Hope, Fear, Expectation, Skepticism, Anxiety – A Summary of the Situation on the Ground

The mood

It will be an understatement that the general election coming in the next two days has become the most anticipated election in Zimbabwe since the independence elections in 1980. The yearning for change goes so deep and is so widespread that the air is literally pregnant with political tension and possibilities. Everyone knows it’s due in two days and this colors all activity with a rare sense of urgency.

The desperate living conditions in the country attach a heightened sense of importance to the next elections in a way that may even surpass the 1980 election. A veteran trade unionist i spoke to yesterday says Saturday March 29 is Independence Day. The election is what is on everyone’s mouth. As soon as families and friends exchange greetings with relatives trecking in from the diaspora, last seen a long time ago, the very next item of discussion is the elections, and the expectation for change is frightening!

Reports coming from rural areas tell an identical story. Opposition T-shirts are now visible in what were no-go areas. Mugabe has had to cancel five rallies in the rural areas due to poor attendance, including in his own home area of Zvimba! Some Chiefs and Headmen have openly denounced Mugabe and are stumping for the opposition!

I think that turnout in this election will be much higher than many originally anticipated. In fact, many political analysts have been taken back by the level of political interests evident in the last month or so. Morgan Tsvangirai’s rallies have been HUGE in ways that he even says ‘ surprised him.’

The only concern many in civic society are raising is that a lot of the people who are desperately calling for change may not be registered to vote. Many could not register on time because of pressing day to day survival matters!

The main question on people’s minds is no longer if Mugabe will be defeated in the election, it is now whether he will accept defeat. Many are not sure about that, thus creating many possible post-election scenarios that i will come back to at the end of this post. Mugabe’s failure to play by the rules in the past is creating a sense of skepticism in others as to whether their vote even matters.

Will the people of Zimbabwe be able to vote for a candidate of their choice?

Many of the civic society people we spoke to say the political environment is much more open compared to previous elections and feel confident that people will be able to cast their votes peacefully. There is virtually no violence at all in urban areas, the reported cases of violence in rural areas are isolated – nothing compared to the last general election.

Whilst the political environment seems to be open, democratic participation will be undermined on a technical level. The government’s recent unilateral delimitation of constituency boundaries and lack of clear knowledge as to the specific polling stations that people will vote from is creating so much confusion two days before the election. In addition, the government announced a smaller number of polling stations than they had previously promised. Urban areas, which are opposition strongholds, have less polling station than rural areas.

Intimidation/ coup threats

A major cause of concern is the statements by the commissioner of police, the commander of the national army and the commander of the prison services. These three generals have issued statements commanding officers and men and women under their command to vote for Mugabe and have openly said that they will not salute Morgan Tsvangirai or Simba Makoni. This has been correctly interpreted as a coup threat and does have the effect of intimidating the electorate. Even Mugabe, at a recent rally, said, ‘voting MDC is a waste of votes,’ because he will never allow the MDC to rule this country. All of this raises questions of whether Mugabe and his regime are prepared to respect the democratic wishes of the people of Zimbabwe.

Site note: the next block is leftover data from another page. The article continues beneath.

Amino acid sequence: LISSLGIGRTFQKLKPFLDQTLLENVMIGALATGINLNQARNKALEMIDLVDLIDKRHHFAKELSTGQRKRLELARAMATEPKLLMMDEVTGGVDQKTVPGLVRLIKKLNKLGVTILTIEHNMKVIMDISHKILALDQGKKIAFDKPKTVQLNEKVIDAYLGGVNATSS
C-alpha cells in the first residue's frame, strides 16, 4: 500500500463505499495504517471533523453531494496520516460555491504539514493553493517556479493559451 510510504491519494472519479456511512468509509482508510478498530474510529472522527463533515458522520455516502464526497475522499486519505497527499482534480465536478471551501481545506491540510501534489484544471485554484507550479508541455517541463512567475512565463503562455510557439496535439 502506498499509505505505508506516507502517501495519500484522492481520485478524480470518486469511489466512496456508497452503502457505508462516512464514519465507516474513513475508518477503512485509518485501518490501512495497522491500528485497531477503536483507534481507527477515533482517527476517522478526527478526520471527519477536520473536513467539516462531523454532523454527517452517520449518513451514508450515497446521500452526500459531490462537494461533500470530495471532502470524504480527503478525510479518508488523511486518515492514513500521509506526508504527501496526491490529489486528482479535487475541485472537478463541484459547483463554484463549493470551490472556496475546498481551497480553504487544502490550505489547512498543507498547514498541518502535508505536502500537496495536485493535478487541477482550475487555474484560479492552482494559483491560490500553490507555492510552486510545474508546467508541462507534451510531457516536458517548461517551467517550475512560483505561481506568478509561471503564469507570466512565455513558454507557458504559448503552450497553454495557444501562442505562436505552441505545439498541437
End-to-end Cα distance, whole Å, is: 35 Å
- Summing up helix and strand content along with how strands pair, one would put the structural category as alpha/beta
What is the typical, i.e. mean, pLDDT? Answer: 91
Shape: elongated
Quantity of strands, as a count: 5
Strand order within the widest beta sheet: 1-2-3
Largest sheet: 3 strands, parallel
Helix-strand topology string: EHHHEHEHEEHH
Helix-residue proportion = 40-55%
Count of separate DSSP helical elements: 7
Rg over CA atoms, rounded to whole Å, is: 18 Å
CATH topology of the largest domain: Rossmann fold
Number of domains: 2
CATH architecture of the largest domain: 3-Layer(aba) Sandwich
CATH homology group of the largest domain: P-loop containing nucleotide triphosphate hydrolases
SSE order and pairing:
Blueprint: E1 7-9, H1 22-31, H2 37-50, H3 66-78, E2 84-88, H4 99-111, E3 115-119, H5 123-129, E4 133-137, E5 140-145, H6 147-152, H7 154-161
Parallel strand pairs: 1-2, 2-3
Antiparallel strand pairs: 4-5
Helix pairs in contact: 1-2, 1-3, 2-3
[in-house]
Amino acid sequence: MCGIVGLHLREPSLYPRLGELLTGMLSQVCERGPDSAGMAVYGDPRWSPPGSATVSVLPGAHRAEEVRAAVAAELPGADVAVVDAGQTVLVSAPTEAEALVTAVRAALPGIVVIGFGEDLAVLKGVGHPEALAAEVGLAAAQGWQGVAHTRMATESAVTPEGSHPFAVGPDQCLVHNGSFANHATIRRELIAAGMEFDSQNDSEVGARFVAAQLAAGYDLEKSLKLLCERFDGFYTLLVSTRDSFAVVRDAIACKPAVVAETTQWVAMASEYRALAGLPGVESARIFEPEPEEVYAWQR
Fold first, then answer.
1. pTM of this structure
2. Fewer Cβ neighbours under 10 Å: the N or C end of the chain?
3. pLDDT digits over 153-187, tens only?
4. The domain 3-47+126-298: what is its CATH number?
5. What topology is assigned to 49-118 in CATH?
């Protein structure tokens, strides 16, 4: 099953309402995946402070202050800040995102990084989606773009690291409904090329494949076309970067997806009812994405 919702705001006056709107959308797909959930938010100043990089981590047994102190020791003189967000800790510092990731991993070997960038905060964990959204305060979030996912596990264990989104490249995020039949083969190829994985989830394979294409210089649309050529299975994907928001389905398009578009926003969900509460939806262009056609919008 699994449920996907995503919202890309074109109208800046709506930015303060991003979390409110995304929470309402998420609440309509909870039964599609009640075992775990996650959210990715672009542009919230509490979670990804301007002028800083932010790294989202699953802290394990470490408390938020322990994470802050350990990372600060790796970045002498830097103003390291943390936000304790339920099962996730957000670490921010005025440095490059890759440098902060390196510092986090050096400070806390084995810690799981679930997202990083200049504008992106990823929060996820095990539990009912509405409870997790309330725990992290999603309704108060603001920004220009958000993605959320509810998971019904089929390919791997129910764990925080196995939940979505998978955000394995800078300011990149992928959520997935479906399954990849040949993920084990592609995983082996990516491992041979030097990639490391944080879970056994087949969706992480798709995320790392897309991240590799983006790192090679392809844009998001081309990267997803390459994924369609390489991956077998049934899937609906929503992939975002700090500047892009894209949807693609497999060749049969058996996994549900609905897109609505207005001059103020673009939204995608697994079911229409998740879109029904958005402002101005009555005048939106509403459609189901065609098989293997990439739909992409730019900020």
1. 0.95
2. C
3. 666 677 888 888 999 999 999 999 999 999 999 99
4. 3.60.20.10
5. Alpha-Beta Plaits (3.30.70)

Possible rigging through postal ballots

The Zimbabwe Electoral Commission printed 600,000 postal ballots and postal voting has already started. This is the most insecure part of the voting process. No observers are monitoring this process and there are a lot of loopholes that can led to abuse. Independent civic bodies have no record of who these anticipated postal voters are and there are fears that the process will be manipulated to serve the incumbent.

Unequal access to state media

The government of Zimbabwe has failed to abide by the SADC protocol on elections’ requirement that all contesting parties get equal access to state media. Whilst the opposition can flight its adverts on TV, Radio and in Newspapers – state journalists have clearly been mobilised to abuse the opposition. Mugabe gets huge manicured coverage whereas the opposition is abused and misrepresented everyday in the state press. State journalists are nauseatingly partisan thus undermining the democratic process!

An unbalanced playing field

Mugabe’s refusal to adopt people driven constitutional reforms gives him an unfair advantage in this contest. Whilst the election environment is freer than before, it is still a constricted space. Security and media laws continue to undermine candidates’ ability to freely canvass and mobilise for the election. Candidates have had problems with door to door campaigns; the opposition can not organise peaceful marches to rally support. Using the controversial President’s Emergency Powers Act, Mugabe recently brought the police force into the running of the elections – something that goes against the original agreements made through the SADC dialogue. This was done to ostensibly allow the the police to assist illiterate and disabled voters. As partisan and violent as the Zimbabwe Republic Police is, its presence within 100 meters of a polling station can only undermine the integrity of the voting process.